Last week NUJ general secretary Michelle Stanistreet said the changes to the Evening Post were a “shock announcement”.

We call on the paper’s management to take steps to avoid job losses and enter into meaningful consultation with staff and their union representatives.

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Full Leveson inquiry statements from NUJ and Guardian

November 16th, 2011 | No Comments | Posted by in Editors' pick, Journalism, Legal

Guardian's Alan Rusbridger speaking to the Leveson inquiry. Still taken from video

The Leveson inquiry into press standards heard from key industry figures today, including representatives for the National Union of Journalists, the Guardian and the legal representative of alleged “victims” given core participant status.

Michelle Stanistreet, general secretary of the NUJ spoke first, describing the Press Complaints Commission as “little more than a self-serving gentleman’s club, and not a very good one at that”.

She also accused the system of having “failed, and abysmally so”. Her full statement to the inquiry has been published on the NUJ’s site here.

The inquiry also heard from editor-in-chief of the Guardian Alan Rusbridger, who has posted his statement in full online.

Near the beginning of his statement Rusbridger highlights the shifts which have taken place within the industry and are affecting journalists:

We also live in a world in which every reader becomes a potential fact checker. Social media allows anyone to respond to, expose, highlight, add to, clarify or contradict what we write. We have the choice whether to pretend this world of response doesn’t exist, or to incorporate it into what we do.

The more we incorporate it, the more journalism becomes, as it were, plastic. There will be less pretence that we are telling the whole truth and nothing but the truth about a story, frozen at the moment it is published – what Walter Lippman in 1922 called the confusion between “news” and “truth”. A journalist today lives with the knowledge that there will be an external reaction to much of what she or he writes within minutes of publication. Journalism today is often less a snapshot, more a moving picture.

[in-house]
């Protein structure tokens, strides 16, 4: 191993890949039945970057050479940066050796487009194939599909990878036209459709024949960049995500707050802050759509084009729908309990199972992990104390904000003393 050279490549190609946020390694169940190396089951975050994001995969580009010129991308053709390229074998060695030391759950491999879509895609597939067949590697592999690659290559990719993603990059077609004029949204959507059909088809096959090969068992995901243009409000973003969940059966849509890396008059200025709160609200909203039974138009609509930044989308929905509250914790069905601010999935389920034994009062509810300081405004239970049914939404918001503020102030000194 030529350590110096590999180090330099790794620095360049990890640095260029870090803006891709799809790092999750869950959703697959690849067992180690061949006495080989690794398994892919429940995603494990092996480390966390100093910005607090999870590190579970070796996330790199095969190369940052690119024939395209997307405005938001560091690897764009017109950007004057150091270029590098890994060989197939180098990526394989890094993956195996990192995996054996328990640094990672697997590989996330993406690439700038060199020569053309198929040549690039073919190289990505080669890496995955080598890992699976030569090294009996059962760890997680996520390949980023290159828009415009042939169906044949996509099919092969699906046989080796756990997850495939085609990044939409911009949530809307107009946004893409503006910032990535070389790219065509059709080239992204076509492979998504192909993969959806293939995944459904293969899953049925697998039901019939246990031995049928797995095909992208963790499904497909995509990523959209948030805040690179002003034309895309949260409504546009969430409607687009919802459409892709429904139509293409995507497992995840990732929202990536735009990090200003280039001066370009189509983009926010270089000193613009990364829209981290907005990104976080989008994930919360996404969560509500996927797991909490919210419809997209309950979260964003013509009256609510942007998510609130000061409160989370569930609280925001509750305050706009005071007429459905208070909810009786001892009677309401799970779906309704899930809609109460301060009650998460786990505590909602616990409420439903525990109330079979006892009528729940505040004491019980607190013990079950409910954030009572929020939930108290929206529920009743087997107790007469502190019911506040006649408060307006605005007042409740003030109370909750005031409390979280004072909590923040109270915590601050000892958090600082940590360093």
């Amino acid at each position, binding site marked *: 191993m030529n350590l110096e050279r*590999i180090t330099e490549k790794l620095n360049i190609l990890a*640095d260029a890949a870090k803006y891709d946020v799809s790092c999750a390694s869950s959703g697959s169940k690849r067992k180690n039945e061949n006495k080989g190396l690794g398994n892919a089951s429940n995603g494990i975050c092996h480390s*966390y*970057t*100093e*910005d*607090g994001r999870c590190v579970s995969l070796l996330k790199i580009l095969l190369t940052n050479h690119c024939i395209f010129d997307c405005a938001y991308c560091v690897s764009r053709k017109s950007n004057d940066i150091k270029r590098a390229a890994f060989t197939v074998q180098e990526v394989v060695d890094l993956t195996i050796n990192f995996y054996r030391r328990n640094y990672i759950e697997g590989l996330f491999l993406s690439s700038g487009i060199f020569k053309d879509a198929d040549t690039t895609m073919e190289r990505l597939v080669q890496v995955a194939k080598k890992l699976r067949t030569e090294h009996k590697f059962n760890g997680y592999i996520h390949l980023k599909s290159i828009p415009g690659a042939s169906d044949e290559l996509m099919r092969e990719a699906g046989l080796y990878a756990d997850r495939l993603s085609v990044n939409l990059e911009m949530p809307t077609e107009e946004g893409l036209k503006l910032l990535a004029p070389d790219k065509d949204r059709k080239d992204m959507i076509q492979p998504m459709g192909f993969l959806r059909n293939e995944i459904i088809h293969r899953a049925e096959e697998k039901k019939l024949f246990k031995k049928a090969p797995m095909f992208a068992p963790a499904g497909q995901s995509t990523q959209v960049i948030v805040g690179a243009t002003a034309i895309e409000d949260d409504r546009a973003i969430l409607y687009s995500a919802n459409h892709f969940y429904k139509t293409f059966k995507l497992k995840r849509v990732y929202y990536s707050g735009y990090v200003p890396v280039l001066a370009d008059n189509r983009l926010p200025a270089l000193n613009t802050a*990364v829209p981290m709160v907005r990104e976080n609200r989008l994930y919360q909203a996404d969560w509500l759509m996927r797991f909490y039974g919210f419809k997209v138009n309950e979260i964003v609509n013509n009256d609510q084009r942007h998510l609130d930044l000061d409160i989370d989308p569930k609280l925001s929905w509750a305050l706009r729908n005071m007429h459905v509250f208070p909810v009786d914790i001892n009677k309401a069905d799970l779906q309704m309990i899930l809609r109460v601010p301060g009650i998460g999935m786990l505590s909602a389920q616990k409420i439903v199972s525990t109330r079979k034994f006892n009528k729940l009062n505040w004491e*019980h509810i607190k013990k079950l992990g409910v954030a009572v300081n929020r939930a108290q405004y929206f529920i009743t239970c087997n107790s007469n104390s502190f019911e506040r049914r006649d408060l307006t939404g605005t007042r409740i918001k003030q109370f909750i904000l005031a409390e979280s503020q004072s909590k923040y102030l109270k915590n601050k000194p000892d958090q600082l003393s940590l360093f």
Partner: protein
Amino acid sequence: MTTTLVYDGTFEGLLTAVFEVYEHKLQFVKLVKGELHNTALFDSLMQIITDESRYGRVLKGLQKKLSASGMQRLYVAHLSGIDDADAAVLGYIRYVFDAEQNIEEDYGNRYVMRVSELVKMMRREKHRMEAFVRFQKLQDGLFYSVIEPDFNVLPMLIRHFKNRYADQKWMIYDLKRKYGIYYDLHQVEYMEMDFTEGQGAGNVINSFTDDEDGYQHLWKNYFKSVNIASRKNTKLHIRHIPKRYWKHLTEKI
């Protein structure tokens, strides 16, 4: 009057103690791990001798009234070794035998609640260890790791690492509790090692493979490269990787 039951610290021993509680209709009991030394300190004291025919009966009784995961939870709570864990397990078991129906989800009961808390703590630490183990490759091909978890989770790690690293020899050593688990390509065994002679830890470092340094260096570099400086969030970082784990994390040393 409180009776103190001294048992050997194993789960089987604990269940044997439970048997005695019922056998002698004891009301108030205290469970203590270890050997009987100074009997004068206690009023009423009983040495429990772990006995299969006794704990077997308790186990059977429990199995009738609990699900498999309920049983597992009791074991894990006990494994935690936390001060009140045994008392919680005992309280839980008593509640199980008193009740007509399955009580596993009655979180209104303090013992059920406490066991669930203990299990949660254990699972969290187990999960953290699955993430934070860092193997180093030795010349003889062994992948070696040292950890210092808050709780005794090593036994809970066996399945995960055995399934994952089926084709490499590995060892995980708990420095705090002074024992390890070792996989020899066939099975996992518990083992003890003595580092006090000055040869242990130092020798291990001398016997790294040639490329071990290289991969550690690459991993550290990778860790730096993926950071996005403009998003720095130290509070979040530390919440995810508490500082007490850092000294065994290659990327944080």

Video of today’s hearing is available to view on the Leveson inquiry website here.

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NUJ invites News International journalists to meeting

November 1st, 2011 | 1 Comment | Posted by in Events, Job losses, Jobs, Newspapers

The National Union of Journalists is due to hold a meeting tomorrow (Wednesday, 2 November) to discuss the recently announced cuts to editorial within the Times and Sunday Times, which is open to member and non-member freelance, casual and staff journalists at the publisher’s titles.

Last month the Times announced it was to cut around 100 staff from the newspapers’ editorial workforce, with the bulk of those said to be to casual staff. It was also confirmed that 20 compulsory redundancies are due to be made from full-time staff at the Sunday Times, which is cutting 30 per cent of its casual editorial workforce.

Following this announcement the NUJ set up a meeting, which is open to any staff who wish to seek advice. It will be held from 1 to 3pm at the Captain Kidd pub, 108 Wapping High Street, E1W 2NE. The union has also invited representatives of the company’s in-house union NISA to attend if interested in working with the NUJ.

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#jpod in depth: Strikers on BBC picket lines

August 5th, 2011 | No Comments | Posted by in Broadcasting, Job losses, Jobs, Podcast

This week’s #jpod looks at the BBC strikes which have been held by members of the National Union of Journalists in recent weeks. Staff performed their second 24-hour walk-out in protest at compulsory redundancies at the broadcaster, this week.

According to the union, more than 100 people are at risk of losing their jobs at the BBC World Service and jobs are also said to be at risk in divisions including BBC Monitoring, BBC Scotland and potentially BBC Wales, BBC 4, BBC Sport and TV Current Affairs.